Basgo Ladakh ladakh diaries Leh

Ladakh Diaries 6 | Leh Sights | Basgo, Magnetic Hill, Pathar Sahib

Written by Poorna & Brinda
In this part of Ladakh Diaries we shall try and focus on Leh sights on the outskirts of the city.
When we planned the trip to Ladakh, we were to come back via Kargil – Drass – Srinagar to New Delhi with a overnight stay in Kargil. The plan was to catch the flight from Srinagar to Bangalore after a day’s stay in the houseboat in Srinagar. But a deteriorating security situation Srinagar deteriorating that we had to fly back from Leh itself. Thus, there was no chance for us to experience the drive through Kargil. We wanted to drive for some distance on the road to see the landscape on this highway.
On the last day of our stay in Ladakh, we planned to drive on Kargil Road. There was also magnetic hill to be seen and experienced. Then there was Basgo monastery which is a listed UNESCO Heritage endangered sites list which many do not visit but we did not want to miss.
As usual, we left after breakfast and the plan was to return for lunch in the afternoon. After lunch we had planned to do some shopping for masks and other handicrafts on the streets of Leh.
The road from Leh to Kargil pass through Army camps along Indus. Our first stop was a well known Gurudwara named Gurudwara Patthar sahib. This is a cute little place maintained by Indian army.
Indus river giving us company
Fields in Indus valley providing lovely contrast
The legend is that  on one morning when the Guru was sitting in meditation, the demon pushed a large pathar (boulder), down from the hilltop, with the intention of killing the Guru. The boulder gained speed as it rumbled down the hillside, but when it touched the Guru’s body, it softened like warm wax and came to a halt against Guru Nanak’s back. The Guru kept on meditating unhurt and undisturbed. Thinking that the Guru had been killed, the demon came down and was taken aback to see the Guru deep in meditation. In a fit of anger, he tried to push the boulder with his right foot, but as the pathar still had the softness of warm wax, his foot got embedded in it. Pulling his foot from the boulder the demon was dumbfounded to see the impression his foot had just left in the stone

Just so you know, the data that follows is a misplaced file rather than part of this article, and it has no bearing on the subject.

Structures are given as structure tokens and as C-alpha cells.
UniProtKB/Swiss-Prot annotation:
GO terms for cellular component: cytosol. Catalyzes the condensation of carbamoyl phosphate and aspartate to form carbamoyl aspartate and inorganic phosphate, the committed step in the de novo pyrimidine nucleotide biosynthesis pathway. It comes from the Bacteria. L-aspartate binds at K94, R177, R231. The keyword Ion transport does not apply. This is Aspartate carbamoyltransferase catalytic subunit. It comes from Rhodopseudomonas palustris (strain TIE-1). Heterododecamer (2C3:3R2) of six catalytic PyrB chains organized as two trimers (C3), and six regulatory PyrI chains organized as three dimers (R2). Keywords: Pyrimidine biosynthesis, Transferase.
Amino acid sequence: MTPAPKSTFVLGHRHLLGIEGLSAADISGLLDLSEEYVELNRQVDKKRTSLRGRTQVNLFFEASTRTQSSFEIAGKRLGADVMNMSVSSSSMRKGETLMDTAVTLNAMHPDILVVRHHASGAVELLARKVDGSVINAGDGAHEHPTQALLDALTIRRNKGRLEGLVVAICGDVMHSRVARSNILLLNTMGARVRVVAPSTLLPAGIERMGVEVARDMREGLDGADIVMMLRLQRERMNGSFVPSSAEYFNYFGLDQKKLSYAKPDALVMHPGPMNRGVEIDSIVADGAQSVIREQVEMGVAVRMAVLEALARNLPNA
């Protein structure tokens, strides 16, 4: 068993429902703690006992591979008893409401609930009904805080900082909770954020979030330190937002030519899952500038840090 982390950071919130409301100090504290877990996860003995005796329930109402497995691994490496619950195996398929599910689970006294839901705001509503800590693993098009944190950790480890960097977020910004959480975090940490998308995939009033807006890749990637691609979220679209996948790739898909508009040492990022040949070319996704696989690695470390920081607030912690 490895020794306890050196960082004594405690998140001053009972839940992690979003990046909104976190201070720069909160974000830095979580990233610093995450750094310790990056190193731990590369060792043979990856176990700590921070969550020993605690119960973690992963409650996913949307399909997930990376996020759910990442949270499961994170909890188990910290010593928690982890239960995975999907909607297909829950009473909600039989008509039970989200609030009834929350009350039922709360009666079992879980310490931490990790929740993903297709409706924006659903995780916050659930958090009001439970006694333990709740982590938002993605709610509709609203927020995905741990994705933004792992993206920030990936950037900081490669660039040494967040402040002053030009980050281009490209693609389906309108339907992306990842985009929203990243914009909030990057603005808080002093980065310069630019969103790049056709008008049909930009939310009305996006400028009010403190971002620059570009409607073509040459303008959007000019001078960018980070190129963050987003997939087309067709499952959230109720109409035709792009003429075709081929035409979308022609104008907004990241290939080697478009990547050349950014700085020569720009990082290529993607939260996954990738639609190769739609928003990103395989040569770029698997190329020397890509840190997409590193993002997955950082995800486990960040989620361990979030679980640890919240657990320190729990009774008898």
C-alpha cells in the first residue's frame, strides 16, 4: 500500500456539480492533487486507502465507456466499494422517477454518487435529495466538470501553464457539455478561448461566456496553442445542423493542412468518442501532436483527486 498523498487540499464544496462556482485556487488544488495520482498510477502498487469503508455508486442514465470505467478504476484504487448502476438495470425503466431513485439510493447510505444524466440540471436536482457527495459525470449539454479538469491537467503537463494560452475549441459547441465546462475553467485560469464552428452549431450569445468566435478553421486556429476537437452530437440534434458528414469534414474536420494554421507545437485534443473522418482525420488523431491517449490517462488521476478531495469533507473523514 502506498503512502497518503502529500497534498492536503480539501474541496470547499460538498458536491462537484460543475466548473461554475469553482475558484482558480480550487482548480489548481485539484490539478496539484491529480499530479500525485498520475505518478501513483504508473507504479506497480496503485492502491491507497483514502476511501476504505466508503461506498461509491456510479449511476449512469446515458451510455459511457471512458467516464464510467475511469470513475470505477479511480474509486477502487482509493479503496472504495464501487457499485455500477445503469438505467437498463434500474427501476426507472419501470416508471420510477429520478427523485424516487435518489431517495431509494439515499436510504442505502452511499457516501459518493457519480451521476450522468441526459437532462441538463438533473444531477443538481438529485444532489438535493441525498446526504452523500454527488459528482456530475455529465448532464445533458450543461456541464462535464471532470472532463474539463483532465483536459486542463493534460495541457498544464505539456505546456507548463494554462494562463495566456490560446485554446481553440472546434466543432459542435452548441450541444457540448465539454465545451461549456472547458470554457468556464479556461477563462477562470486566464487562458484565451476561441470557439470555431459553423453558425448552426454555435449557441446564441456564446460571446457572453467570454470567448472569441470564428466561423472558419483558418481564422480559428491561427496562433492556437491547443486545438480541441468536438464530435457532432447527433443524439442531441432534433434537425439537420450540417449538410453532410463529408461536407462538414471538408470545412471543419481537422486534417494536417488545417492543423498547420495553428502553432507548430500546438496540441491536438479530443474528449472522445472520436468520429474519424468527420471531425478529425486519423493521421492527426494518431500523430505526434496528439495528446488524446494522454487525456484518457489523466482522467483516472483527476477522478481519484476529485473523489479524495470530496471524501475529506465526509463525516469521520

Gurudwara Pathar Sahib
The sanctum sanctorum. Notice the boulder
This is serene place and worth spending few moments of peace.
We continue the drive and drive past army settlements along Indus river. Behind the army barracks, i am intrigued to see the sand formations. They looked like sand walls weathered by harsh and cold winds creating Burroughs.
The sand wall formations behind army lines
The drive till Basgo is just lovely. The weather was fantastic. The clear blue skies with few clouds added to the beauty of the landscape. We drive along Indus on one side and mountains on the other.  Zigmet stops the car and show us the confluence point of Zanskar and Indus. The difference in colour is obvious and Zanskar is a fast flowing river famous for river rafting.
Leh – Srinagar highway
Beautiful vistas as we drive towards Basgo
The green board is the place known as Magnetic Hill
The Indus valley